In its answer of April 12, 2016, the Claimant (hereafter: the Respondent) mainly submitted that the matter is not capable of appeal and in the alternative, that it should be rejected to the extent that it is capable of appeal. In a Reply of May 26, 2016, and a Rebuttal of June 10, 2016, the Appellants and the Respondent reiterated their submissions whilst the Respondent pointed out that it would leave the admissibility of the appeal to the Court’s discretion.


A stay of enforcement was issued by the presiding judge on June 28, 2016.





According to Art. 54(1) LTF2 the Federal Tribunal issues its judgment in an official language,3 as a rule in the language of the decision under appeal. When the decision is in another language (here, English) the Federal Tribunal resorts to the official language chosen by the parties. In the Arbitral Tribunal, they used English, whilst in its appeal brief submitted to the Federal Tribunal, they used French, thus complying with Art. 42(1) LTF in connection with Art. 70(1) CSE4 (Judgment 4A_386/20155 of September 7, 2016, meant for publication,6 at 1). In accordance with its practice, the Federal Tribunal shall therfore issue its judgment in French.



A civil law appeal is admissible against international arbitral awards pursuant to the requirements of Art. 190-192 PILA7 (Art. 77(1)(a) LTF). Whether as to the object of the appeal, the standing to appeal, the time limit to appeal to appeal, the Appellants’ submissions, or the grievances raised in the appeal briefs, none of these admissibility requirements raises any problem in the case at hand. The matter is therefore capable of appeal.



3.1. The Federal Tribunal issues its decision on the basis of the facts found in the award under appeal (see Art. 105(1) LTF). This Court may not rectify or supplement ex officio the findings of the arbitrators, even if the facts were established in a blatantly inaccurate manner or in violation of the law (see Art. 77(2) LTF ruling out the application of Art. 105(2) LTF). Indeed, the Court’s mission, when seized of a civil law appeal concerning an international arbitral award, is not to decide with full power of review as a court of appeal would, but only to examine whether the admissible grievances raised against the award are established or not. Allowing the parties to state facts other than those found by the arbitral tribunal, beyond the exceptional cases reserved by case law, would no longer be compatible with this mission, even if the facts were established by evidence in the arbitration file (Judgment 4A_386/20108 of January 3, 2011, at 3.2). However, as was already the case under the aegis of the federal law organizing the courts (see ATF 129 III 727 at 5.2.2; 128 III 50 at 2a, and the cases quoted), the Federal Tribunal retains power to review the facts on which the award is based if one of the grievances mentioned at Art. 190(2) PILA is raised against the factual findings or if some new facts or evidence are exceptionally taken into consideration in the framework of the civil law appeal (ATF 138 III 299 at 2.2.1 and the cases quoted).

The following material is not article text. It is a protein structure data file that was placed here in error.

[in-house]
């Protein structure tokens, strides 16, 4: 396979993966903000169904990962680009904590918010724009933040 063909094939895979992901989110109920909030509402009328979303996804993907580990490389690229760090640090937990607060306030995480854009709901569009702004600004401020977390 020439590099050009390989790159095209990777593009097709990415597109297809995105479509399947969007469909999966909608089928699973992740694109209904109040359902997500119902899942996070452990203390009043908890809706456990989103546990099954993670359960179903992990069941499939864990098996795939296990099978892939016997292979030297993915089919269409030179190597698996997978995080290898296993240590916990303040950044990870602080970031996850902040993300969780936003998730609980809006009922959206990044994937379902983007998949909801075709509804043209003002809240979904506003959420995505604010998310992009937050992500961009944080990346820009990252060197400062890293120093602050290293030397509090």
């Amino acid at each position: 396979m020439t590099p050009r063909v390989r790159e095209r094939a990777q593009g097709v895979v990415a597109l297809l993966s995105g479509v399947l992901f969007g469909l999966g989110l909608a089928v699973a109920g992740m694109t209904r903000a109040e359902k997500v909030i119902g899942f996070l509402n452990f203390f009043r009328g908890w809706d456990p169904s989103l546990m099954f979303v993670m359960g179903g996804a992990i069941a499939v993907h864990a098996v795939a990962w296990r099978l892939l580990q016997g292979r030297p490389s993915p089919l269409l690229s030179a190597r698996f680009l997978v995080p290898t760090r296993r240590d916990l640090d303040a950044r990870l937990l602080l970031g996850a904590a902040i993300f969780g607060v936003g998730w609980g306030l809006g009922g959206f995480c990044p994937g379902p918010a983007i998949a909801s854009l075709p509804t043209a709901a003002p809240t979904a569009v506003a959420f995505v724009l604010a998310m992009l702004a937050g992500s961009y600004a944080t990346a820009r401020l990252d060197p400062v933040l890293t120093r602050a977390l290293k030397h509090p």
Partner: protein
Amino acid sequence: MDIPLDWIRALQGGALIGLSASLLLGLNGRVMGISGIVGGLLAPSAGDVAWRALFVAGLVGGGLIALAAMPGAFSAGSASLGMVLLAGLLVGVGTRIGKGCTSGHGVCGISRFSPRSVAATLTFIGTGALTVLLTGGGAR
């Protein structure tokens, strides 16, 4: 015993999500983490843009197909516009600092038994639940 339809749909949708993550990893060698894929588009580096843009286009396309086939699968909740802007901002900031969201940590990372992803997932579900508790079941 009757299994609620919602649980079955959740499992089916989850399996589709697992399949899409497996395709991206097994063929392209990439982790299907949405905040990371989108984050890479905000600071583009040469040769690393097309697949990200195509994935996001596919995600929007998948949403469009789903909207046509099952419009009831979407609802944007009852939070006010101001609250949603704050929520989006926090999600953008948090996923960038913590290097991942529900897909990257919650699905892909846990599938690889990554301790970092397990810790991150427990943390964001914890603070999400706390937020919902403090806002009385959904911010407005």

3.2. At ns. 42 to 44 of their brief, the Appellants allege various circumstances concerning on the one hand the risk of criminal prosecution by the DoJ and/or the SFO to which they would be exposed by fulfilling their remaining monetary obligations towards the Respondent and, on the other hand, the fact that the latter, among other things, signed two “declarations of compliance (sic) of X.________” at the time it sent its last invoices concerning Contracts Nos. 1 and 2. Yet, in order to substantiate their submissions, they refer merely to the documents in the arbitration file and not to any specific findings in the award under appeal, going so far as to blame the Arbitrators for not taking into account the second fact they advanced. Therefore, this Court shall not take these submissions into consideration as they are incompatible with the aforesaid jurisprudential principles.


4. In a first submission, the Appellants argue that the Arbitral Tribunal issued an award contrary to substantive public policy within the meaning of Art. 190(2)(e) PILA.


4.1. An award is contrary to substantive public policy when it violates some fundamental principles of the law applicable to the merits to such an extent that it is no longer consistent with the determining legal order and system of values; among such principles are, in particular, the sanctity of contracts, compliance with the rules of good faith, the prohibition of abuse of rights, the prohibition of discriminatory and confiscatory measures, as well as the protection of incapable persons (ATF 132 III 389 at 2.2.1).